Just as forming a business partnership under California law requires completion of certain tasks, ending a partnership is also a process. General partnerships, where there is no specific end date, must be dissolved using three basic steps. These steps apply when partners voluntarily agree to dissolve the partnership. Where partners cannot agree, legal action is typically the best way to resolve disputes over the dissolution process.
In California, a law exists to help regulate competition between different types of businesses: the California Unfair Competition Law (UCL). One of the main objectives of the UCL is to reduce the amount of false advertising that takes place in certain industries.
Defining Unfair Competition in California
It is important to understand the requirements and protections covering employee paychecks under California law. Employees have numerous rights and legal protections, with a myriad of laws protecting them. Employers must understand what is required to avoid running into legal problems, including class action lawsuits.
When Are Employees Entitled to Receive Their Pay?
Generally speaking, joint employment, or co-employment, is the sharing of control and supervision of an employee’s activity among two or more business entities. A benefit of the increasingly popular employment practice is the ease with which joint employers are often able to hire experts in niche industries, individuals with specialist skills, and/or even replace their regular workforce. Currently, however, no single legal definition of joint employment exists and Congress is out to change that.
Are non-compete agreements truly a thing of the past in California? It seems that the California Supreme Court would like employers to think so. After all, in 2008 the Court brought down the hammer on these covenants not to compete (a clause under which one party (usually an employee) agrees not to enter into or start a similar profession or trade in competition against another party (usually the employer)), holding that California Business Code §16600 prohibits all restraints on trade, including non-solicitation provisions (Edwards v. Arthur Anderson, 44 Cal. 4th 937(2008)).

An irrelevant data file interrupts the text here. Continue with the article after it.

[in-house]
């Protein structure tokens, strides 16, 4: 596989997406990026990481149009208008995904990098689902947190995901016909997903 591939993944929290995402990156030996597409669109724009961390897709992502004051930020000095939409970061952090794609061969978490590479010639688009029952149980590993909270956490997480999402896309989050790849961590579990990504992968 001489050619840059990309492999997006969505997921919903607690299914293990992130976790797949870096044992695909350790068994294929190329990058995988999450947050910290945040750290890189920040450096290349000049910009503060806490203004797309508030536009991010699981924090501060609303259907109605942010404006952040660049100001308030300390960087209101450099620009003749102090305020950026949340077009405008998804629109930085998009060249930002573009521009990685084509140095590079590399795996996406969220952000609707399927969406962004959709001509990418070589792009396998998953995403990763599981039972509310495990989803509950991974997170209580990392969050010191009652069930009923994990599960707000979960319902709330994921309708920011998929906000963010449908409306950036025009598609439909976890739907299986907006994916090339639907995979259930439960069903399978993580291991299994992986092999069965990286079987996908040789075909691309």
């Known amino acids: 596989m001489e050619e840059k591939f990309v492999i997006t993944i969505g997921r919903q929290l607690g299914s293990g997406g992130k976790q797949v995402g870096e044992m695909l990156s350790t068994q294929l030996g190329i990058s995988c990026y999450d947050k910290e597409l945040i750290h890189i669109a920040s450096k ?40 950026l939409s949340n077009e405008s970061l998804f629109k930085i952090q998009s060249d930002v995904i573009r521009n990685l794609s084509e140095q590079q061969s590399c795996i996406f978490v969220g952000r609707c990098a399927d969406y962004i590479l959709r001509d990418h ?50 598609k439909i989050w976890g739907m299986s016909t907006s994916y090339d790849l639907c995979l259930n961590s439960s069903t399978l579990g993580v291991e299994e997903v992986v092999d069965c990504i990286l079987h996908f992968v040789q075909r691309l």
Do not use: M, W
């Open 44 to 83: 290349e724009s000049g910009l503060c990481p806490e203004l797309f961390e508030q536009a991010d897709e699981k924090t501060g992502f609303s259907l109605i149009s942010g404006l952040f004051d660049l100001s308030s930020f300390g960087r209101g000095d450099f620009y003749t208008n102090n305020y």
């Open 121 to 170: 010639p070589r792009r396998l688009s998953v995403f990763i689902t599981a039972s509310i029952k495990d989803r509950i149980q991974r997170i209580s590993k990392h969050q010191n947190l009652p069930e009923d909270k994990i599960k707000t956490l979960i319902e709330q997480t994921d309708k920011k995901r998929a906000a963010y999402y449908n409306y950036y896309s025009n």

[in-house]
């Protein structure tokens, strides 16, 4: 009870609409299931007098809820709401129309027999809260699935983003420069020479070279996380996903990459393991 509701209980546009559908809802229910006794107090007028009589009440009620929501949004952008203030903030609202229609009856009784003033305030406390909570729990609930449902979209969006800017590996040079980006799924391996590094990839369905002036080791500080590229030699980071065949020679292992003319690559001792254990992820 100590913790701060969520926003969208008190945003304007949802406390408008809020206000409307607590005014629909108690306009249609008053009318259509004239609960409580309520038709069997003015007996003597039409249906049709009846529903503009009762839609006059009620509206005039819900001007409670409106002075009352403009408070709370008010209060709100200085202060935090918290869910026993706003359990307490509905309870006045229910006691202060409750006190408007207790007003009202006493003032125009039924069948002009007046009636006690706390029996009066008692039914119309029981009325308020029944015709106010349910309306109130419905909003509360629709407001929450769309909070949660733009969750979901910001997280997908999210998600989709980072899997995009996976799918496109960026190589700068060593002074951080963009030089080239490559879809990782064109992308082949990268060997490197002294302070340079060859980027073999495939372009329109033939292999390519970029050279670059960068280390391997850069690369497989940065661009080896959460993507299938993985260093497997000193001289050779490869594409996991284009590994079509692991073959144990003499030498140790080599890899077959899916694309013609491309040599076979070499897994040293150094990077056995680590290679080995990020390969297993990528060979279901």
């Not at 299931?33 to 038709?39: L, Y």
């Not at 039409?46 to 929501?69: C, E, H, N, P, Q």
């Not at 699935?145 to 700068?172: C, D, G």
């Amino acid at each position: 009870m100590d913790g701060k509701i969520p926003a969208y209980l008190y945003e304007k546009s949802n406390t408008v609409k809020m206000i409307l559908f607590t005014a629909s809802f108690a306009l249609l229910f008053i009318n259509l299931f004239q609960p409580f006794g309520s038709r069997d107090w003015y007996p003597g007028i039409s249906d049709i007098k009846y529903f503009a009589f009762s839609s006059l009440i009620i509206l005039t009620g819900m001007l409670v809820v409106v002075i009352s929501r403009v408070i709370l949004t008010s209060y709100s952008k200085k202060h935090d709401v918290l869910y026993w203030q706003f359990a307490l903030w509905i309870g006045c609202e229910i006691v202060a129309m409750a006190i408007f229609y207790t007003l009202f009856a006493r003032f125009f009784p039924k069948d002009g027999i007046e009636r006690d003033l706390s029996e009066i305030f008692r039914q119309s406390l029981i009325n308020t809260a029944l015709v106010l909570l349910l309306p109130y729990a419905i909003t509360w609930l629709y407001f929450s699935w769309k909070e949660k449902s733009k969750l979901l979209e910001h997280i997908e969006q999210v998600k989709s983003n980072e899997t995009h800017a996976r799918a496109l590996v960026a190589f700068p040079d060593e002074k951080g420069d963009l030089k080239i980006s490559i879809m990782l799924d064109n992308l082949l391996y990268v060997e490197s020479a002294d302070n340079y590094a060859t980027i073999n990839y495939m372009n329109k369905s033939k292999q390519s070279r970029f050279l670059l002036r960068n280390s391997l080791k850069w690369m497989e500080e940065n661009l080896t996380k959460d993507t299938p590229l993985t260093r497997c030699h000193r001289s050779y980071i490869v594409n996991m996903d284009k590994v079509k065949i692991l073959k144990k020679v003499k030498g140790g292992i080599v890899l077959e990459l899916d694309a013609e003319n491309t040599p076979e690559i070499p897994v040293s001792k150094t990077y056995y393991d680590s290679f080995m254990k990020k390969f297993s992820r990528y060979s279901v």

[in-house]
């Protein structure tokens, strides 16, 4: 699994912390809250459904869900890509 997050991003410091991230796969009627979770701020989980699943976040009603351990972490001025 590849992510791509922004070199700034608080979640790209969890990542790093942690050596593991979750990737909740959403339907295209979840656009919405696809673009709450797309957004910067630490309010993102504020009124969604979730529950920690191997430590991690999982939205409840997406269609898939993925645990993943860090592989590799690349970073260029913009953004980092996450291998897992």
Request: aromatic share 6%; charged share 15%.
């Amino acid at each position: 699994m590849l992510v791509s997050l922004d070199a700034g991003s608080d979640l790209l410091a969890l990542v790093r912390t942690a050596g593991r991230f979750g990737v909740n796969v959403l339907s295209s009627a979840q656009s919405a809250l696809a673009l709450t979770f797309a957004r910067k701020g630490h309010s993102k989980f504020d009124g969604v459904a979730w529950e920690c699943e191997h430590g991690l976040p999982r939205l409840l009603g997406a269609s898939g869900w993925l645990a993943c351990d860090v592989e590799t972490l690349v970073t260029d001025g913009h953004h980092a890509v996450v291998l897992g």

These days, it seems that Uber can’t stay out of the news. From wage and hour claims (were drivers being misclassified as independent contractors instead of employees? Read more on the distinction between the two here) to vicious assaults (by both drivers and passengers), the ride-sharing app has had its time in the limelight.
With the 50th anniversary of the enactment of the Age Discrimination in Employment Act (ADEA) on the horizon, the Equal Employment Opportunity Commission (EEOC) is focusing on the issue of age discrimination in the workplace. Age discrimination involves treating an applicant or employee less favorably because of his or her age and the ADEA “forbids age discrimination against people who are age 40 or older. It does not protect workers under the age of 40”. Side note: It is not unlawful for an employer or other covered entity to favor an older worker over a younger one, even if both workers are age 40 or older.
In 2016, Assembly Bill No. 1732, also known as the “All-Gender” Bathroom Bill (Bathroom Bill), was introduced to the California legislature and subsequently signed into law by Governor Brown. The Bathroom Bill was sponsored by California NOW, Equality California, and the Transgender Law Center because “restrict[ing] access to single-occupancy restrooms by gender create problems of safety, fairness, and convenience.” And recently, the bill went into effect.
Before the Bathroom Bill
Various types of insurance policies have a provision within them that gives the policyholder the right to have an attorney (who is appointed and paid for by the insurance company) represent them in the event that they are named as a defendant in a lawsuit. Read on for 4 ways to improve the odds of the case being settled or decided in your favor.
California Supreme Court: Public Employees’ Work-Related Texts and Emails on Private Devices are “Public Records”
According to the California Supreme Court, public employees’ communications about official agency business may be subject to California Public Records Act (CPRA). This extends to communications on personal computers, smartphones, tablets, etc…
While this is a case involving a public sector employer and the CPRA, I foresee that it may – and sooner than later — be relevant to private sector employers and “bring your own device” policies (more on those here), as well as private sector employees’ privacy interests.